Measurement and layout toolsPresentation Transcript
Construction Tools, Tool Use and Tool Safety Introduction to Hand Tools
Introduction to Hand Tools There are many common tools used in the building trades. Right from the laying of a foundation to the final finishing of a building, there are numerous kinds of construction tools which are used on each step of the building process. The following will describe many of the tools that you will be using and need to be familiar with in the Residential Building Maintenance 12 course and include:
1. Measurement and layout tools 2. Cutting tools 3. Planning, smoothing and shaping tools 4. Gripping and clamping tools 5. Portable power tools 6. Shop tools
1. Measurement and Layout Tools:Ruler A ruler, sometimes called a rule or line gauge, is a tool used in the construction trades to measure distances and/or to draw straight lines. Strictly speaking, the ruler is essentially a straightedge used to rule lines.
Measurement and Layout Tools:Tape Measure Measuring tapes designed for the building trades often use a stiff, curved metallic tape that can remain stiff and straight when extended, but retracts into a coil for storage. This type of tape measure will have a floating tang on the end to aid measuring. The tang will float a distance equal to its thickness, to provide both inside and outside measurements that are accurate. A tape measure of 25 or even 100 feet can wind into a relatively small container.
Measurement and Layout Tools:Framing Square The framing square is a tool that many carpenters use. There are many tools to lay out a "square" or right-angle, many of which are made of steel, but the title framing square refers to a specific long-armed square that has additional uses for measurement, especially of angles, as well as simple right-angles. There are two arms on the framing square. The wider arm, two inches wide, is called the blade; the narrower arm, one and a half inches wide, the tongue. The square has many uses, including laying out common rafters and stairs as well as being a handy tool for making a quick reference if your work is “square”.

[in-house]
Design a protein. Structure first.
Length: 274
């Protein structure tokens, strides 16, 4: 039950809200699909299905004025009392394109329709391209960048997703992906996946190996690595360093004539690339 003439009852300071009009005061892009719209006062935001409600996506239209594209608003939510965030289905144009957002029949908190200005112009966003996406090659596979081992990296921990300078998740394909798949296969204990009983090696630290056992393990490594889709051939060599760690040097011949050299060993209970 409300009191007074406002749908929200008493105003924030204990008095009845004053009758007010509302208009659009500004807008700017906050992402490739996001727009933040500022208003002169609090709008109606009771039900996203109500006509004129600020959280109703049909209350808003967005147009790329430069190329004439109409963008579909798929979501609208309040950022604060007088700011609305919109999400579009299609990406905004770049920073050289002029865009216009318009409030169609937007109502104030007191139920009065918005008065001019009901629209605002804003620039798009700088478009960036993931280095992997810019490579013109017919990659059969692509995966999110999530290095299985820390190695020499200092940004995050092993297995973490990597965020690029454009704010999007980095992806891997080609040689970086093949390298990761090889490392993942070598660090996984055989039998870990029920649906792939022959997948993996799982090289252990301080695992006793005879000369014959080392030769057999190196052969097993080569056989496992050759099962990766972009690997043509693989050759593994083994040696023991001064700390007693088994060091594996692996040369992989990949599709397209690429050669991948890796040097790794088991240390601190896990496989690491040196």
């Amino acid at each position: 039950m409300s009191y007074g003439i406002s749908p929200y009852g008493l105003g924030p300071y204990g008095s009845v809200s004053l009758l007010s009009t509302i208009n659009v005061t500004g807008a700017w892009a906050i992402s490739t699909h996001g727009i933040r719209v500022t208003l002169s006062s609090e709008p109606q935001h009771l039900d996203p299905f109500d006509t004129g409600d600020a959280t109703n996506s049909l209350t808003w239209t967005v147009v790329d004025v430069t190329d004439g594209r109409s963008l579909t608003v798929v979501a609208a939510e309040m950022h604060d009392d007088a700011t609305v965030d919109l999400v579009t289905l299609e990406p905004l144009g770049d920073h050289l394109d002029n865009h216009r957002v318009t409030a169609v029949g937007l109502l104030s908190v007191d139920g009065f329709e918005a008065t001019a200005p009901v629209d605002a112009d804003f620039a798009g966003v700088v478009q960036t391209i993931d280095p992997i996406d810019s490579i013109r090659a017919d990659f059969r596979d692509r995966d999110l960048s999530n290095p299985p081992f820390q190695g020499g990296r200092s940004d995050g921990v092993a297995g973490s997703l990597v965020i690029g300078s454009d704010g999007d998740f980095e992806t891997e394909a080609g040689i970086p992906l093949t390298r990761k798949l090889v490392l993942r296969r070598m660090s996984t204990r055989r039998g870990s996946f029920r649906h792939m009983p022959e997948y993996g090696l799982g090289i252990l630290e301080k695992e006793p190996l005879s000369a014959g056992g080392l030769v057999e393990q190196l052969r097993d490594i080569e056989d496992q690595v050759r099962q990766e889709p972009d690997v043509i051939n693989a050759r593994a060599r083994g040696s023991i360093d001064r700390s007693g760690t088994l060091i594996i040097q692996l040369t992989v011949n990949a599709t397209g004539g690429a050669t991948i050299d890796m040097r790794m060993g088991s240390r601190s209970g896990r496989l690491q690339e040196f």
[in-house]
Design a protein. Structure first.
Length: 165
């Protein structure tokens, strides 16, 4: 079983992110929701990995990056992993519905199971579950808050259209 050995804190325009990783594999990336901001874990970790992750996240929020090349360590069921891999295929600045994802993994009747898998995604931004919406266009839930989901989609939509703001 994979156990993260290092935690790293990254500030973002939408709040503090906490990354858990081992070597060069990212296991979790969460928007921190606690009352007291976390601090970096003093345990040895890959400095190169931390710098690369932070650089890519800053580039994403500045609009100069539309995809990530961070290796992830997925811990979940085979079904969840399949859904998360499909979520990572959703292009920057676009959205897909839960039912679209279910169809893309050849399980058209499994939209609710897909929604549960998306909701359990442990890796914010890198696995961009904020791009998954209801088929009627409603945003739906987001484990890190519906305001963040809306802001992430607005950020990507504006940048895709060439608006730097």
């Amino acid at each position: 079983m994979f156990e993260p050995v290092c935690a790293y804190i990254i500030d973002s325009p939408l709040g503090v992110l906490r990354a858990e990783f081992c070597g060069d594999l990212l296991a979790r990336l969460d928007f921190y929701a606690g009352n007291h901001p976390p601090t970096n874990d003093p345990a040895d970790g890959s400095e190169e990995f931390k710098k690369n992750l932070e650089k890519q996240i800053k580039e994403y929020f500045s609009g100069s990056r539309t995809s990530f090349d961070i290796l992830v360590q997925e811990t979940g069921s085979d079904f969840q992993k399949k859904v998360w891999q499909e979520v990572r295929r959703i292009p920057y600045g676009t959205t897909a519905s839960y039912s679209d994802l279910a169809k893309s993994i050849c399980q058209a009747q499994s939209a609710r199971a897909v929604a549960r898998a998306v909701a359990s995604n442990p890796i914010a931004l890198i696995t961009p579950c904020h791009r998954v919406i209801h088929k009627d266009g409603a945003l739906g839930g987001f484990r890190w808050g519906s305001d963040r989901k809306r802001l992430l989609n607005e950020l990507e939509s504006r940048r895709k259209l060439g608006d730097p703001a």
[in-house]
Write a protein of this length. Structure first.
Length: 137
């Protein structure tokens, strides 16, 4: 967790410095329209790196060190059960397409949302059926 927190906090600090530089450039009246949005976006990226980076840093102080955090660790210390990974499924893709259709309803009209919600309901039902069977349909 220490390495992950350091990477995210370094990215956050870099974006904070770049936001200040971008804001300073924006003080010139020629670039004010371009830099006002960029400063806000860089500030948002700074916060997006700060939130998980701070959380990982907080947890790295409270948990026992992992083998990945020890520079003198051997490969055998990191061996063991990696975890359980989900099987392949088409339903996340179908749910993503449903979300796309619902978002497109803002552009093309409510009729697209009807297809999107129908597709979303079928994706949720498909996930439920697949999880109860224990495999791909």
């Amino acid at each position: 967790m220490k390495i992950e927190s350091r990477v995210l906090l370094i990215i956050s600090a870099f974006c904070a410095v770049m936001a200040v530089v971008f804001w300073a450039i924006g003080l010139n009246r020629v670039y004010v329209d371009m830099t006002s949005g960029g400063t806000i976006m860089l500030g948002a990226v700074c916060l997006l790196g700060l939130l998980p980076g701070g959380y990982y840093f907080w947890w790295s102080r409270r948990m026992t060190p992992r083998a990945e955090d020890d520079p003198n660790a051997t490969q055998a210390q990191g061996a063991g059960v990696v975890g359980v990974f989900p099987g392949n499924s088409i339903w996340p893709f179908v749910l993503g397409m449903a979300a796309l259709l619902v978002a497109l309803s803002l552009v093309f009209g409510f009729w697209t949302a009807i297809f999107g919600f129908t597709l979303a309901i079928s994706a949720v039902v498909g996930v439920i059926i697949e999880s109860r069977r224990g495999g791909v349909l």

Measurement and Layout Tools:Combination Square A combination square is a tool used for multiple purposes in the building trades. It is made of a ruled blade (a steel ruler) and a sliding head.The most common head is the standard or square head which is used to lay out or check 90° and 45° angles.
Measurement and Layout Tools:Speed Square The speed square, or rafter angle square, is a triangular-measuring tool used to draw straight lines on lumber to be cut, or to lay out angles for roofs, stairways, decks and other general construction. The tool is marked with degree gradations for fast layout and cutting of lumber without performing complex calculations. It is called the "Speed Square," since it provides a short cut for measurements and calculations of angles. Generally, the tool comes in two sizes - the compact 7 inch version for portable use and the larger less portable 12 inch version for stationary work.
Measurement and Layout Tools:Bevel Guage(Sliding T-Square) A sliding T bevel is an adjustable gauge for setting and transferring angles. The handle is usually made of wood or plastic and is connected to a metal blade with a thumbscrew or wingnut. The blade pivots and can be locked at any angle by loosening or tightening the thumbscrew.
Measurement and Layout Tools:Compass A compass is a technical drawing tool that can be used for inscribing circles or arcs. Compasses are usually made of metal, and consist of two parts connected by a hinge which can be adjusted. Typically one part has a spike at its end, and the other part a pencil. Circles can be made by fastening one leg of the compasses into the project with the spike, putting the pencil on the project, and moving the pencil around while keeping the hinge on the same angle. The radius of the circle can be adjusted by changing the angle of the hinge. Scribe-compassis an instrument used by carpenters and other tradesmen. Scribing is one of the key techniques for installing cabinets, countertops and built-in woodwork.
Measurement and Layout Tools:Level A spirit level or bubble level is a tool designed to indicate whether a surface is horizontal (level) or vertical (plumb). Different types of levels may be used by carpenters, stone masons, bricklayers or other building trades workers. A traditional carpenter's level looks like a short plank of wood and often has a wide body to ensure both stability, and that the surface is being measured correctly. Embedded in the middle of the spirit level is a small window where the bubble and the tube are mounted. Two notches (or rings) show where the bubble should be if the surface was level.
Measurement and Layout Tools:Chalk Line A chalk line or chalk box is a tool for marking long, straight lines on relatively flat surfaces, much farther than is practical by hand or with a ruler or other straightedge. It is an important tool in the building trades. A chalk line draws straight lines by the action of a taut nylon string. Specifically, the string, coated with a loose dye such as chalk, is laid across the surface to be marked and pulled tight. The string is then plucked or snapped sharply to cause the string to strike the surface, leaving a straight line.